GTA’s Publisher Thinks Longer Games Should Cost More
Strauss Zelnick, the CEO of Take-Two Interactive, the long-time publisher of the Grand Theft Auto series, has gone on record professing a complex concept that would see gamers charged more for longer games. He rolled out a confusing algorithm that would effectively have players pay more for a longer game based on their ‘expected entertainment usage’.
Simply put, the longer the game and the more you’re expected to play it, the more you’ll pay for it.
It Makes Sense, Right?
It might be a confusing concept on paper, but it makes sense. How many of us paid $60 for something like Grand Theft Auto 5, only to then play the game on a loop for thousands of hours over the next decade? It’s a damn good deal for gamers in that respect.
That’s why Strauss Zelnick suggested during a financial call that there’s a clear monetary issue in gaming, with ‘frontline prices’ being desperately low.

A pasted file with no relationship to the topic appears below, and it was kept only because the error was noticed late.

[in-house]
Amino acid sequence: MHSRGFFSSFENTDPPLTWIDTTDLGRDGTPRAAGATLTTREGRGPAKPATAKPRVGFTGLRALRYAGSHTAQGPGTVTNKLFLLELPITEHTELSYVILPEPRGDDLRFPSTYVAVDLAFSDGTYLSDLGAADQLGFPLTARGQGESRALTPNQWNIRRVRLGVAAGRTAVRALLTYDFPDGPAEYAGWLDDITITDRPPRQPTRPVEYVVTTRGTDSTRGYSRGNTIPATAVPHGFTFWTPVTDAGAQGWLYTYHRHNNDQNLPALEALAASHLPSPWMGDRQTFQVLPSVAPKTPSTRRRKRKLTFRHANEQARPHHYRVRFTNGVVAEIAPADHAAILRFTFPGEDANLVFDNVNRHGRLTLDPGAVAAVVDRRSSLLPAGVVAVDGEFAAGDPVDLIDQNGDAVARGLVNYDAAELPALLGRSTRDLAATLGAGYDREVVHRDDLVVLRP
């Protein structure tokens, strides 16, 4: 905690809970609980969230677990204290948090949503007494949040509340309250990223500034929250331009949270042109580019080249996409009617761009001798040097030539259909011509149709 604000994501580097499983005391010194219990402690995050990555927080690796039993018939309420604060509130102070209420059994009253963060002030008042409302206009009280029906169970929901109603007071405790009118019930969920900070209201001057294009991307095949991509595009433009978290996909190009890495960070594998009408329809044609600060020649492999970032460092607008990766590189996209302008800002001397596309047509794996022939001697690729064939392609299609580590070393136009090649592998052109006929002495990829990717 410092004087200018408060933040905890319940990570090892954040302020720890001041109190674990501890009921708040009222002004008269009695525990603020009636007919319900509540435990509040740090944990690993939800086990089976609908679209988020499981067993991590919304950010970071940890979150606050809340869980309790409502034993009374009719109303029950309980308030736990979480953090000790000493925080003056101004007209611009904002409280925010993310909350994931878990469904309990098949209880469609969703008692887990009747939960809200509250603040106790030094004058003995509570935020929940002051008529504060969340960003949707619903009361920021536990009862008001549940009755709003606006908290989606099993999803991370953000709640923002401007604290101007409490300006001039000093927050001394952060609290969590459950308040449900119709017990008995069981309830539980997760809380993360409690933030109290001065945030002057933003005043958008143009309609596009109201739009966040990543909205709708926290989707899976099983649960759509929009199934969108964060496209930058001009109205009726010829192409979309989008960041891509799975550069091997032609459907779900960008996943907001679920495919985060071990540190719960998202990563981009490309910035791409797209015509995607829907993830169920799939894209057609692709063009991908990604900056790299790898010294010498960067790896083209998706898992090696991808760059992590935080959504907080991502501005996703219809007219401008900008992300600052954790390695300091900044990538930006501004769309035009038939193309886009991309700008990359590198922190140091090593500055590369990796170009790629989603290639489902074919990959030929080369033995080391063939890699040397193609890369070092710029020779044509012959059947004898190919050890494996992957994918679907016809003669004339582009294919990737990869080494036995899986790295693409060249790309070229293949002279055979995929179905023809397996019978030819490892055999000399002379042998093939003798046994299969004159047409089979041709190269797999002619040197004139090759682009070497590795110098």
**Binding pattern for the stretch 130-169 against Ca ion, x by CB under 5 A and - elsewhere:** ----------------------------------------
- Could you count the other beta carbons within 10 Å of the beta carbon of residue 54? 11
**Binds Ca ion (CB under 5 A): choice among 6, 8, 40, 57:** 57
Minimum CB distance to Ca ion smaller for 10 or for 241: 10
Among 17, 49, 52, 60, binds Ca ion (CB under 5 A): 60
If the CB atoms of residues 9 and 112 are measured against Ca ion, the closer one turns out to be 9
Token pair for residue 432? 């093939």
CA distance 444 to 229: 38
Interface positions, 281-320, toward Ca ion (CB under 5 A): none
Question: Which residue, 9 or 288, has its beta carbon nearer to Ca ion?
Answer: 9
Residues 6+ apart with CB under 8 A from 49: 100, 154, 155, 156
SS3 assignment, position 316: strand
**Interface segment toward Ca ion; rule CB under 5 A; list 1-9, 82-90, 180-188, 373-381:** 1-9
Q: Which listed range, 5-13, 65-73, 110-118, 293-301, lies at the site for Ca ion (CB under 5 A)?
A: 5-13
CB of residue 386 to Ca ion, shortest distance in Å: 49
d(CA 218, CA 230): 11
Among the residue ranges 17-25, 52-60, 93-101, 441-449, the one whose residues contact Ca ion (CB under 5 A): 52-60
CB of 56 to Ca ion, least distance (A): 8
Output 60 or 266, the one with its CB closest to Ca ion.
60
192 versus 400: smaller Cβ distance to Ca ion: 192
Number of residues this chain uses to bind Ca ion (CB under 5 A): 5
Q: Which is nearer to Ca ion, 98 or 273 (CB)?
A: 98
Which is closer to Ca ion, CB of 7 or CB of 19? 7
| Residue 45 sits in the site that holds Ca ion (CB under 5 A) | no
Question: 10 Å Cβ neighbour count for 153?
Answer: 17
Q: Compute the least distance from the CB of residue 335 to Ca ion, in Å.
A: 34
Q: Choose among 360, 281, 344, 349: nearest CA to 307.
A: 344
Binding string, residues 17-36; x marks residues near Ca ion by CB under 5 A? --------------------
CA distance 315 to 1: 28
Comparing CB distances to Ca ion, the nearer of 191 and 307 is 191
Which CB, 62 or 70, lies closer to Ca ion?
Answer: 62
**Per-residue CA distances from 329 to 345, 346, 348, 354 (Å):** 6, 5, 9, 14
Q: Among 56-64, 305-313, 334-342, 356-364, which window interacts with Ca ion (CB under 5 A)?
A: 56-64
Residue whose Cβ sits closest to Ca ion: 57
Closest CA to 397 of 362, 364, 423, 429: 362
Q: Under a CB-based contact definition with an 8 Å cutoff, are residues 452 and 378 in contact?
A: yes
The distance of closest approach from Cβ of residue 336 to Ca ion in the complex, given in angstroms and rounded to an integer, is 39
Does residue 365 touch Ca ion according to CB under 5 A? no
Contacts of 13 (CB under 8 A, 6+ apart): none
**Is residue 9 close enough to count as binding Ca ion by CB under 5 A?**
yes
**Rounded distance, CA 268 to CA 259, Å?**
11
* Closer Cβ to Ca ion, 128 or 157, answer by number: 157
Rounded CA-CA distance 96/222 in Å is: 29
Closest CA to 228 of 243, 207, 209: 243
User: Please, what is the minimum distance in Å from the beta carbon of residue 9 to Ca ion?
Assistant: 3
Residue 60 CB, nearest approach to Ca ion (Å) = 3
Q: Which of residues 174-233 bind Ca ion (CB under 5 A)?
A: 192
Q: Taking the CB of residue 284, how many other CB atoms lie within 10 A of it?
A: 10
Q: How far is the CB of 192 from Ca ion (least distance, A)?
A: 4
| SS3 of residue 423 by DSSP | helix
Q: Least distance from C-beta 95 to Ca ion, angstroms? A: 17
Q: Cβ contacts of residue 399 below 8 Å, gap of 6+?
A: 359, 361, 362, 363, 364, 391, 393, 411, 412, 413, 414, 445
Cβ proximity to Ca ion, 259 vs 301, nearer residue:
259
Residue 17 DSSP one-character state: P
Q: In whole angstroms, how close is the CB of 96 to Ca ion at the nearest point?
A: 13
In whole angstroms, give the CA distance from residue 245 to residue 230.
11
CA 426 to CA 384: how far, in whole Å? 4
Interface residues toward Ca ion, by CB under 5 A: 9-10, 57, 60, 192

In terms of pricing for any entertainment property, basically the algorithm is the value of the expected entertainment usage, which is to say that the per-hour value times the number of expected hours plus the terminal value that’s perceived by the customer in ownership if the title is actually owned, not, say, rented or subscribed to. And you’ll see that that bears out in every kind of entertainment vehicle. By that standard, our frontline prices are still very, very low because we offer many hours of engagement.
If Zelnick were to apply this logic to the sale of Grand Theft Auto 6 – which is being revealed next month – it would likely carry a price tag worth several hundred dollars, that’s how expansive the game is expected to be.
Fortunately, Zelnick also stressed that publishers don’t have the inherent ability to impact the recommended retail prices, no matter how much they might want to.